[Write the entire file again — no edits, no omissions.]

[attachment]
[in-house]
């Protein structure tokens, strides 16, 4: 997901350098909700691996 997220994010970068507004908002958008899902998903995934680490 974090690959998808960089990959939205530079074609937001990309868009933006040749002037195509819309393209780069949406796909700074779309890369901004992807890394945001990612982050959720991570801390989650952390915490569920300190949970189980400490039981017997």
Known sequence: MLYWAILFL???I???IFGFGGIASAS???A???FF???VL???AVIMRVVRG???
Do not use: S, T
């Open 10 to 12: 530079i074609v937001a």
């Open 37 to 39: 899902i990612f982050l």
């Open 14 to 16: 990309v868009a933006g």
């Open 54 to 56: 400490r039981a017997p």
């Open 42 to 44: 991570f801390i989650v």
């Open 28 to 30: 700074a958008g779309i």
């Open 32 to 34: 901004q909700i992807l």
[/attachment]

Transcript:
[in-house]
């Protein structure tokens, strides 16, 4: 997901350098909700691996 997220994010970068507004908002958008899902998903995934680490 974090690959998808960089990959939205530079074609937001990309868009933006040749002037195509819309393209780069949406796909700074779309890369901004992807890394945001990612982050959720991570801390989650952390915490569920300190949970189980400490039981017997």
Known sequence: MLYWAILFL???I???IFGFGGIASAS???A???FF???VL???AVIMRVVRG???
Do not use: S, T
């Open 10 to 12: 530079i074609v937001a």
């Open 37 to 39: 899902i990612f982050l």
């Open 14 to 16: 990309v868009a933006g």
């Open 54 to 56: 400490r039981a017997p």
């Open 42 to 44: 991570f801390i989650v």
């Open 28 to 30: 700074a958008g779309i």
């Open 32 to 34: 901004q909700i992807l």